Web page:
Perhaps the only moment of clarity came yesterday when comedian Louis C.K., actually admitted that the accusations against him—masturbating in front of five women—were true and he almost owned up to the grossness of his acts.
|Louis C.K.: Hero among scoundrels?|
He stepped up to edge and expressed "regret" and "remorsefulness"—rather than an outright personal apology to the victims—but at least in his rambling, too-long statement he recognized the inappropriateness of what he did.
Compare that to how our current Sleazo-in-Chief, of "grab their pussy" infamy, just walked away from the statements by sixteen women who accused him of sexual harassment, in effect by calling them all liars. Or how Bill Clinton at first denied the sexual assault accusations against him with the astonishing assertion that oral sex by "that woman" wasn't really sex.
And after all this outright lying, both men survived the scandals, at least for the time being in the case of Trump.
Then came Alabama U.S. senatorial candidate Roy Moore, whose public persona rests on a pedestal of Scriptural sanctimoniousness, particularly with regard to gay people. First he denied anything untoward happened with teenage girls, then admitted a weakness for teenage girls but only above a certain age. Yes, Roy, we understand.
A few of his supporters leaped into a logical abyss by arguing that since the Virgin Mary was only fourteen or so when the older Joseph got her pregnant, well you know, what ol' boy Roy did, hmm, wasn't all that weird.
Mercifully, a chorus of ministers and theologians intervened immediately and howled their disagreement with such reading of Scripture, calling it ridiculous and blasphemous.
Most distressing of all is that, just like Trump and Clinton, Moore might still get elected even if his history of shameless hypocrisy makes his acts all the more repugnant.
Moving to the gay corner we find one of my ex-favorite actors Kevin Spacey, who used the booze alibi and then announced he was gay, both of them lame excuses. If anything drunkenness makes you doubly responsible—for your drinking and your acts while drunk.
And as for his "coming out," please, that's like Oprah courageously tweeting that's she's black. Everyone knew Spacey was gay and that doesn't excuse jumping on a fourteen-year-old.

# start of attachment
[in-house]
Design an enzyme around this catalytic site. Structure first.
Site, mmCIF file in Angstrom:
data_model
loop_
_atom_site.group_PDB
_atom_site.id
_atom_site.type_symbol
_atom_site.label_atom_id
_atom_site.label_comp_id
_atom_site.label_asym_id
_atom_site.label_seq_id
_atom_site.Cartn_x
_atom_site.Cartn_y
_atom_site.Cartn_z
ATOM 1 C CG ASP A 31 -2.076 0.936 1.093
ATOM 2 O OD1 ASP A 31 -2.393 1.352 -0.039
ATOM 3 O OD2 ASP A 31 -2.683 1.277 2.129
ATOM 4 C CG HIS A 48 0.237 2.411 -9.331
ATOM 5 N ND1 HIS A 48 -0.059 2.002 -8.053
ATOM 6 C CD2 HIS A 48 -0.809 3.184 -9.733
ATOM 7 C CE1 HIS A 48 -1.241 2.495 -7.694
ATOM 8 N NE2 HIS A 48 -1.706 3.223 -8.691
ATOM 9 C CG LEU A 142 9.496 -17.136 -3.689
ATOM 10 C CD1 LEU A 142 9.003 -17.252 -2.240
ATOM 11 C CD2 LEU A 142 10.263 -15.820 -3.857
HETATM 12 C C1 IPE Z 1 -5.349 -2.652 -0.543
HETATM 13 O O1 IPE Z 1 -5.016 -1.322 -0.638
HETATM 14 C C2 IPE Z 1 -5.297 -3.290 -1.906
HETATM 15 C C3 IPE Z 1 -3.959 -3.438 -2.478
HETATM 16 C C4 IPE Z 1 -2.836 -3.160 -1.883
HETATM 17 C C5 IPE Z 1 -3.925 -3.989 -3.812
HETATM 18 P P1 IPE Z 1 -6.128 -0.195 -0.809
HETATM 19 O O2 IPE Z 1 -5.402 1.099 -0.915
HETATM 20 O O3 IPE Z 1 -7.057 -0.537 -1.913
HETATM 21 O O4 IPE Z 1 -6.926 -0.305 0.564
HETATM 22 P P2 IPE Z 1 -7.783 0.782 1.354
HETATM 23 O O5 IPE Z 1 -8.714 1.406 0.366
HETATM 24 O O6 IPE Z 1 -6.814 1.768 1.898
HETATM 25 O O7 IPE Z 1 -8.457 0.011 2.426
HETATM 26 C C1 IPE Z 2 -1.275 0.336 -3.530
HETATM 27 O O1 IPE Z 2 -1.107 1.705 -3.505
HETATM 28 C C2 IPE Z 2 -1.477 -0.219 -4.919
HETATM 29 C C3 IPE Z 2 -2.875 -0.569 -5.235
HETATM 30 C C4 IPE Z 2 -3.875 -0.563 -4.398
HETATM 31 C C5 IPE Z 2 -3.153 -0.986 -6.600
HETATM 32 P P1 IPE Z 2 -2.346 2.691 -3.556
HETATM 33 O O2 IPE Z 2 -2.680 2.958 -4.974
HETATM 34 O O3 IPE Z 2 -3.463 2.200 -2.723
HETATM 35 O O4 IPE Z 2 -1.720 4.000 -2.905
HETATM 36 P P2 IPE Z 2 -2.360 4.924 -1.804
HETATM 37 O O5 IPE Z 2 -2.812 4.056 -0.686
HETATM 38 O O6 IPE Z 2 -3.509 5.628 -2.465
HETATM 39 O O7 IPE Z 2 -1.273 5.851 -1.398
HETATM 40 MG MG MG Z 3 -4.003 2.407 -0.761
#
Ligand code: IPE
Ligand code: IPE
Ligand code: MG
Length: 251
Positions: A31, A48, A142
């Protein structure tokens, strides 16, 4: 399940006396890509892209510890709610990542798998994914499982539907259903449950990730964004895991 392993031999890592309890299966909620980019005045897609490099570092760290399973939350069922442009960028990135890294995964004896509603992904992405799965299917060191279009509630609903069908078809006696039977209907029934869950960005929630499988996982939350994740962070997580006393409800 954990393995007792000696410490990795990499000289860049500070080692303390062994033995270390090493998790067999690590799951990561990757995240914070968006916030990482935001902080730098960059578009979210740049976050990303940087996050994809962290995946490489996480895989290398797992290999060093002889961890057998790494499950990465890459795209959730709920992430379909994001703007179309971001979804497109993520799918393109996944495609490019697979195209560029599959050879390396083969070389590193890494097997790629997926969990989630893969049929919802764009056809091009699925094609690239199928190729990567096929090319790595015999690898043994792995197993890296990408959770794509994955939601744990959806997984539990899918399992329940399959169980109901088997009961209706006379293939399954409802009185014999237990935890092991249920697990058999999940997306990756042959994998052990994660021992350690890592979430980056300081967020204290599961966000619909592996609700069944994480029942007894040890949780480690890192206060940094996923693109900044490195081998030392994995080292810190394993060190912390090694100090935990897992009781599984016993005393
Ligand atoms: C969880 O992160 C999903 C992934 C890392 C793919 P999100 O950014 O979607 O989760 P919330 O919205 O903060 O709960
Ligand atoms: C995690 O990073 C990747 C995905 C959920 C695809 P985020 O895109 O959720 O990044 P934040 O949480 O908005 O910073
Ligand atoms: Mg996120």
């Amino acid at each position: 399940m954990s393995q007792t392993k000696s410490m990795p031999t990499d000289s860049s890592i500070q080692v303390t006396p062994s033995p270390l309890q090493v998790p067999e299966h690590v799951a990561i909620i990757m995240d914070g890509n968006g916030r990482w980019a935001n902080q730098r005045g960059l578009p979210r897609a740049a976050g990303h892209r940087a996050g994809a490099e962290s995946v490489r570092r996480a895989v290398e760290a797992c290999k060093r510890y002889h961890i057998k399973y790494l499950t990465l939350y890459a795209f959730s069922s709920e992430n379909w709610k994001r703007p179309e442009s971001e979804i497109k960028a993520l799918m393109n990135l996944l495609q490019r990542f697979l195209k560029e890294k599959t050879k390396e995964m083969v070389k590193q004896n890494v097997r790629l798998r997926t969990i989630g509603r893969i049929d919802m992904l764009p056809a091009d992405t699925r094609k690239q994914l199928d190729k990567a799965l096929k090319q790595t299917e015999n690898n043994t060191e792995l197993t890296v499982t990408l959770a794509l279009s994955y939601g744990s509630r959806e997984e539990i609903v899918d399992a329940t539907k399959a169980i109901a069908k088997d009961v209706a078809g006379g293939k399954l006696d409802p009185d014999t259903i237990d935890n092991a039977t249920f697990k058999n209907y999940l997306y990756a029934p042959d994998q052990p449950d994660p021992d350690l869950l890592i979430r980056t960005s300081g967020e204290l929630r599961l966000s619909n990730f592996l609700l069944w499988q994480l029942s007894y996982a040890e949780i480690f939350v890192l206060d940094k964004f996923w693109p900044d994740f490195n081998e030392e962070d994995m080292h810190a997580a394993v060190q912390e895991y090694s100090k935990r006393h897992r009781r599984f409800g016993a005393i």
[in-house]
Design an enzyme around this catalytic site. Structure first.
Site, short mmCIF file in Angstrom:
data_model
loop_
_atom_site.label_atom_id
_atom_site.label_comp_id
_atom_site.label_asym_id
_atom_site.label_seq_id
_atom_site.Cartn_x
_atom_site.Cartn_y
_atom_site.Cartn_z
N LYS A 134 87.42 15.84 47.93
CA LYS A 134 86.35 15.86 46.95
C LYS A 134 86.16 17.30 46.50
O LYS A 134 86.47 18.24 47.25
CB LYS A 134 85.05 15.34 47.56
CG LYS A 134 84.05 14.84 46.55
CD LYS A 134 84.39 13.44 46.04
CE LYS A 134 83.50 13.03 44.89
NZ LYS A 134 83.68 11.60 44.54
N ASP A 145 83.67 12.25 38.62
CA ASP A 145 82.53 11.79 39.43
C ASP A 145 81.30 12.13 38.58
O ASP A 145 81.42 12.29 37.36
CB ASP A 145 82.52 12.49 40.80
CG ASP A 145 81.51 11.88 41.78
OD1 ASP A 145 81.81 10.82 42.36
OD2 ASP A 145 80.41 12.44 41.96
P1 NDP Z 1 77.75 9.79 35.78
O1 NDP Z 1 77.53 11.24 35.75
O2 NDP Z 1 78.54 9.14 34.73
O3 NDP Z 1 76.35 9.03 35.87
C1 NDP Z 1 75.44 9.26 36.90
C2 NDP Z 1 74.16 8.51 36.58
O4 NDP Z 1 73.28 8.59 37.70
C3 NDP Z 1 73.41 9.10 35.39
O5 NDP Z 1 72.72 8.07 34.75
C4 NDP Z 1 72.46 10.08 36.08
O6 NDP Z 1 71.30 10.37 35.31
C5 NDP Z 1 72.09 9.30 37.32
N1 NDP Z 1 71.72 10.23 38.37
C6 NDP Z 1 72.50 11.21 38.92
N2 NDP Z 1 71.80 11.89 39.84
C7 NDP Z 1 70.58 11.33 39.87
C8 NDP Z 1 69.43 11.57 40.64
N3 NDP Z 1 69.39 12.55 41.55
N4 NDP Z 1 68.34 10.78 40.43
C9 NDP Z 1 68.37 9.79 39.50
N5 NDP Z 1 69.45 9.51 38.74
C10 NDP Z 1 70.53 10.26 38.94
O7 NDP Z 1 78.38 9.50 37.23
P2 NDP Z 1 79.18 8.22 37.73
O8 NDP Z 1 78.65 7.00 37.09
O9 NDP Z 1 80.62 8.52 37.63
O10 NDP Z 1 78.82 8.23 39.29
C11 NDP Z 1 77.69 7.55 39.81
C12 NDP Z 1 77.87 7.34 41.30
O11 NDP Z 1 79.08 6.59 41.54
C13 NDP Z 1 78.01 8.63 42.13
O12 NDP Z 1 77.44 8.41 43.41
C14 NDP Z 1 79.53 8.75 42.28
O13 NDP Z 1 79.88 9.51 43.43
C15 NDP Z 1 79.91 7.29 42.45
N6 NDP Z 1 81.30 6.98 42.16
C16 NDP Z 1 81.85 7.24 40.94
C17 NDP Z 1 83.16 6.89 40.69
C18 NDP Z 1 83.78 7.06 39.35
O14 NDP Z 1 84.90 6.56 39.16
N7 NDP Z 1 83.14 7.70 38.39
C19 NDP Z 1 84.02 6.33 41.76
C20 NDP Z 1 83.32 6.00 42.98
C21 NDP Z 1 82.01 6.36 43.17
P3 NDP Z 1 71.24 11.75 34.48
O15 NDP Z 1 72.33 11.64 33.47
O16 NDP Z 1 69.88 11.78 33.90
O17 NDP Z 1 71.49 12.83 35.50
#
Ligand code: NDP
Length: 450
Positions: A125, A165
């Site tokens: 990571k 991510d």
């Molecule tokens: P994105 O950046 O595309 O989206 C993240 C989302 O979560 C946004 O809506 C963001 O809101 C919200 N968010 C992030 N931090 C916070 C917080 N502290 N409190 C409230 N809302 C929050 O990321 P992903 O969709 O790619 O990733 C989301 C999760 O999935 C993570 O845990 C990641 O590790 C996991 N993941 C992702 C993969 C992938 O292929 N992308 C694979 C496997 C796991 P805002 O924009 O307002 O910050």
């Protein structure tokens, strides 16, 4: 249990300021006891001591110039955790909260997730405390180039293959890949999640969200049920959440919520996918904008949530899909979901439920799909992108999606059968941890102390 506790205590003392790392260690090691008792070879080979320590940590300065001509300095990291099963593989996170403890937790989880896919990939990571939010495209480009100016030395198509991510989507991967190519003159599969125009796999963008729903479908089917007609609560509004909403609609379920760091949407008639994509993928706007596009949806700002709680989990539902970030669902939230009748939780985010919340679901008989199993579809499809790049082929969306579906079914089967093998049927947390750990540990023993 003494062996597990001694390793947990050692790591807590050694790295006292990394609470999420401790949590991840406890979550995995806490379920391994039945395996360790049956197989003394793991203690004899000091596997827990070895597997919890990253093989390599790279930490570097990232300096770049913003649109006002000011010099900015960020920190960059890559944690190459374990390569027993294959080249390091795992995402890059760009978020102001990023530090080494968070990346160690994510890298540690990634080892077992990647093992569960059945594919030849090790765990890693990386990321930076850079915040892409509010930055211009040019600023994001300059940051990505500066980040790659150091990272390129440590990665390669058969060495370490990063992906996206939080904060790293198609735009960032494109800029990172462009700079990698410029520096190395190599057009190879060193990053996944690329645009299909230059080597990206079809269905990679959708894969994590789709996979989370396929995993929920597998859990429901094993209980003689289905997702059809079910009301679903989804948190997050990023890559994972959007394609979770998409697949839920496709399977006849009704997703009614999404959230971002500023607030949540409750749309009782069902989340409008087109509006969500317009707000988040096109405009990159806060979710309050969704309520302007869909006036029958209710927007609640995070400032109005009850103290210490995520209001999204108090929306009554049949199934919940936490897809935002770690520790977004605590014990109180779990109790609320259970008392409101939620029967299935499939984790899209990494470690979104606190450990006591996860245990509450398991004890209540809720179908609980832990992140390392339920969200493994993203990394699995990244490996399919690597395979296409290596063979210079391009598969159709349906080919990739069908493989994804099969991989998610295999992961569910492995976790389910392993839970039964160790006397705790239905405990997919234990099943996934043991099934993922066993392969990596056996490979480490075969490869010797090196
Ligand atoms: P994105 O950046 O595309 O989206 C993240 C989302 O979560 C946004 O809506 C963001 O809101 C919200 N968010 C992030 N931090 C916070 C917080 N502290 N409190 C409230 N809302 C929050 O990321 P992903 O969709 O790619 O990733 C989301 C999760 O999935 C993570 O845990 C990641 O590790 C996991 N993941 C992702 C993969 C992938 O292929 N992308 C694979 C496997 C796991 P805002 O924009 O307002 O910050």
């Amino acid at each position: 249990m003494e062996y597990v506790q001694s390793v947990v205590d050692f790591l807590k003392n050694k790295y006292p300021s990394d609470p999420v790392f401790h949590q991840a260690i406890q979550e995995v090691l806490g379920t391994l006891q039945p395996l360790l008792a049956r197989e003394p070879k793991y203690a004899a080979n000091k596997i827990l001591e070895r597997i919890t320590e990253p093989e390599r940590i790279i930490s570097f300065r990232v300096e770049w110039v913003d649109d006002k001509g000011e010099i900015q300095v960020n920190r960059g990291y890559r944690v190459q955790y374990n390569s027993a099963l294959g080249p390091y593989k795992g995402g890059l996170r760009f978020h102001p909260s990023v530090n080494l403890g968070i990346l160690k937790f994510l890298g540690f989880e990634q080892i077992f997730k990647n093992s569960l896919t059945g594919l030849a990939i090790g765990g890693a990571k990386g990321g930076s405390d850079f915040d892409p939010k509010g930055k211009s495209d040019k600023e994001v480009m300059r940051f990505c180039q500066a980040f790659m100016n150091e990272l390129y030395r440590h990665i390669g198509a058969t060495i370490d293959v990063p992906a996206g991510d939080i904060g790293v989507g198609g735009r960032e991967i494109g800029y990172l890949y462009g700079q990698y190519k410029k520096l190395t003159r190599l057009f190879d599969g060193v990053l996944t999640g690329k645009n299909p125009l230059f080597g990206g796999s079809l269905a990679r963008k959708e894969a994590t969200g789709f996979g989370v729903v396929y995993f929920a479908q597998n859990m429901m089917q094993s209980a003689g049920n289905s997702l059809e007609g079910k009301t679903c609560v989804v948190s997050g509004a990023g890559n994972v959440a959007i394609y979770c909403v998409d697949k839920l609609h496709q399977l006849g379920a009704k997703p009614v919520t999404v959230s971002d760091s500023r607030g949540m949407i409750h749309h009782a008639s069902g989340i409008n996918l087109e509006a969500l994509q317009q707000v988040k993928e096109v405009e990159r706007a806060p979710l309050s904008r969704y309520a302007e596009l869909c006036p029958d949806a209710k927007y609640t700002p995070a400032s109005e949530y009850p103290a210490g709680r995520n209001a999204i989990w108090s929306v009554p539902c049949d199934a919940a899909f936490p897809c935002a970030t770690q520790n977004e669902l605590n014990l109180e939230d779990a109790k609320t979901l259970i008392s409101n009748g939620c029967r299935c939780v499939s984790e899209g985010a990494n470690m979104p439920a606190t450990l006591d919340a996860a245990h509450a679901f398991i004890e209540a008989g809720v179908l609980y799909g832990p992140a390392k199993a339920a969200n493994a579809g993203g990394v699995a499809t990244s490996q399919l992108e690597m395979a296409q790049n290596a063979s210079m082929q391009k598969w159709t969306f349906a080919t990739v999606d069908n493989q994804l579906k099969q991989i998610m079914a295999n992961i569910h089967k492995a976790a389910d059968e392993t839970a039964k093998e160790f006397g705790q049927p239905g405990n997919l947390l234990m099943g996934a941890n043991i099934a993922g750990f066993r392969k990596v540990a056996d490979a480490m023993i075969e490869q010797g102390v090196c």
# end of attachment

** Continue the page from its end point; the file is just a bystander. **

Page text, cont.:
Then there's Harvey, who tried to have his lawyers stifle revelations by the New York Times and the New Yorker magazine. Nice try.
Amid all this miasma of denials, lies and equivocations comes Louis C.K.'s statement. Almost on the first line he does what Trump, Clinton, Weinstein and Moore couldn't bring themselves to do: He admitted the accusations were true. That's progress.
Second, he also admitted that his actions were abusive not only sexually, but because he was in a position of power over these younger women who were trying to get into the comedy business.
"The power that I had over those women is that they admired me," his statement said. "And I wielded that power irresponsibly."
Can't imagine Trump uttering such words; his dictionary doesn't contain the world "apology."
"There is nothing about this that I forgive myself for," C.K.'s statement continued. "And I have to reconcile it with who I am."
C.K.'s current purgatory, though, could be just a tad more redemptive if I heard that he had personally apologized to those women individually rather than through a "group regret."
The irony is that C.K.'s comedy act, which could be very funny and which I enjoyed, was often based on sleazy one-liners and situations that in retrospect qualified as sexual harassment.
Not to worry, I'm not about to excuse his actions. Right now I could not watch his routines without the image of his actions ruining the jokes.
He isn't that funny anymore, but at least he took a stab at being honest.